When a male reporter told Melissa McCarthy that she’s only a good actress when she looks attractive and that she, in fact, looked “really bad” in her role as Tammy, she was angry. But, she took the time to make it a teaching moment. He listened. He heard what she had to say. First, McCarthy asked the critic if he would want someone to deny his own daughter a job because of her physical appearance: He said: “No, I would never want that to happen! Never in a million years want that to happen.” Then, she said, “Just know every...

I just watched the trailer for Nancy Meyers’ new film, The Intern, coming to theaters on September 25th. It looks like it’s going to be right up there with The Holiday, Something’s Gotta Give, and It’s Complicated. When it comes to exploring the intricate emotions and complex difficulties relationships bring for women and men, Nancy Meyers is a master. This film focuses on friendship, not romance, and pays homage to her dad. Anne Hathaway stars as Jules Ostin, a 30-something CEO of her own company (an online fashion site) with co-star Robert DeNiro as Ben Whittaker, a 70-year-old widower and...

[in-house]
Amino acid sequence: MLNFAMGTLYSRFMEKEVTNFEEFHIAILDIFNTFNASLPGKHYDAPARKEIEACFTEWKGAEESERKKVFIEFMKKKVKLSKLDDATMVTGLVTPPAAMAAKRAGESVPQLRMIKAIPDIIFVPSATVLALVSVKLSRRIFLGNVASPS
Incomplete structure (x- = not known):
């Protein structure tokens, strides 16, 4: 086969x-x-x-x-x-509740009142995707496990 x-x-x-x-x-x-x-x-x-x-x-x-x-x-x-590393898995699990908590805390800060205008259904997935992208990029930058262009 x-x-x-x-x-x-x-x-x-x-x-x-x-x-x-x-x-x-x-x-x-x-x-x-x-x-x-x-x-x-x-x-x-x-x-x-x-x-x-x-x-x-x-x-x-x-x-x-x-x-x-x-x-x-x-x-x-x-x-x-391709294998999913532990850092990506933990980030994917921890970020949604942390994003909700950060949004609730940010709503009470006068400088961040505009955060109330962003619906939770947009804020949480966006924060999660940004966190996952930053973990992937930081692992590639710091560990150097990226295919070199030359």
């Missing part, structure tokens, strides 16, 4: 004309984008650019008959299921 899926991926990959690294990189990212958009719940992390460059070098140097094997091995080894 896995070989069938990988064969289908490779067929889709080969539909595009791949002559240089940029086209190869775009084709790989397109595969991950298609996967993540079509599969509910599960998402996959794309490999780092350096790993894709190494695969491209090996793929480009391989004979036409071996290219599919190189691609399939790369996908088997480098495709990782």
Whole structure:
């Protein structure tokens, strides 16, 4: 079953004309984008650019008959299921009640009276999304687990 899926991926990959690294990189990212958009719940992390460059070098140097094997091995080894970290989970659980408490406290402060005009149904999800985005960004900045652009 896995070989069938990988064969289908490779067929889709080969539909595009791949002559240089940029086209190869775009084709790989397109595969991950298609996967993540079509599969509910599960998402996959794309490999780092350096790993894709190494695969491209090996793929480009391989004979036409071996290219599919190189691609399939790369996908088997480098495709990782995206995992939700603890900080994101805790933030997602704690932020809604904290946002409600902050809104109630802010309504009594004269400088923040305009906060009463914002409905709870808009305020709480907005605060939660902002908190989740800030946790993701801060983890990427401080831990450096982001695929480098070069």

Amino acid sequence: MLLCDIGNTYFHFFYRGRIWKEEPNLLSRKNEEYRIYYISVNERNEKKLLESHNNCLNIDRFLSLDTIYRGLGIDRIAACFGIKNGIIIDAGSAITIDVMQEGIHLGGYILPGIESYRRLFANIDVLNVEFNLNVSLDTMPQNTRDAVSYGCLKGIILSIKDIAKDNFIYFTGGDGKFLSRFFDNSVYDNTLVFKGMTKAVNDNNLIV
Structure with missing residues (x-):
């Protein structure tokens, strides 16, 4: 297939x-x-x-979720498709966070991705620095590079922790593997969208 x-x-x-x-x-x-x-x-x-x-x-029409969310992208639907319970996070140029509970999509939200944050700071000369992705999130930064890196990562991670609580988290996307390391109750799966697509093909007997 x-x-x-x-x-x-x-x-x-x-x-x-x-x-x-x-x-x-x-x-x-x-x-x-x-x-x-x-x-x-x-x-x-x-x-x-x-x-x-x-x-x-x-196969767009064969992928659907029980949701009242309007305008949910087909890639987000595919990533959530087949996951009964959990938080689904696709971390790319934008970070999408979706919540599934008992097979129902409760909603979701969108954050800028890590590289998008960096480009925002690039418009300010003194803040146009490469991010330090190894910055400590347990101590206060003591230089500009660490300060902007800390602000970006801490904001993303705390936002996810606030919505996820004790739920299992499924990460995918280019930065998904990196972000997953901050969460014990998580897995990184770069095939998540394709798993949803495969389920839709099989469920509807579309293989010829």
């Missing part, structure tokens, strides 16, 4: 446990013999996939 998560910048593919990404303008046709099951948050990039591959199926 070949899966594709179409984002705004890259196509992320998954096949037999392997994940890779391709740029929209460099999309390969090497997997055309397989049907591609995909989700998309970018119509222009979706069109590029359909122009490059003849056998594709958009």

On the 25th Anniversary of Pretty Woman’s release, the question for some still remains: Does Pretty Women take the seriousness of prostitution and the misuse of vulnerable women too lightly? Or is there more to the film than that? As a psychoanalyst who just re-watched this spirited and poignant film, I think there’s more. Sexual exploitation is a grave issue. Yet that’s not the point of Pretty Woman. Certain critics might say it should be. But, the fact is - Edward (Richard Gere) and Vivian (Julia Roberts) rescue each other from some serious fears and fantasies about relationships. There’s quite a lot to learn...

Does the film that launched Julia Roberts’ stardom insensitively overlook sexual exploitation or is it a romantic comedy that features one man’s fantasy? The jury is still out. It’s very difficult to make a comedy about such serious issues as prostitution and sexual trafficking (see my post on The Unbreakable Kimmy Schmidt). And, with the celebration of the 25th anniversary of Garry Marshall’s Pretty Woman starring Roberts and Richard Gere, reactions have resurfaced from many camps. Kaethe Morris Hoffer, Executive Director of the Chicago Alliance Against Sexual Exploitatin (CAASE) writes an open letter to Gere in HuffPost with the plea...

We all need love. Age doesn’t lessen that. Yet, sometimes it’s hard to trust love, for complicated reasons, even though you want it. John Madden’s The Second Best Exotic Marigold Hotel gives us a bird’s eye view into 6 serious obstacles to love. In my experience as a psychologist, the reasons for putting love off are often not conscious. That’s where help comes in handy - especially if you keep coming up against the same problem again and again. The Second Best Exotic Marigold Hotel illustrates some of these emotional roadblocks quite well: Expecting not to be wanted  Evelyn (Judi Dench) and...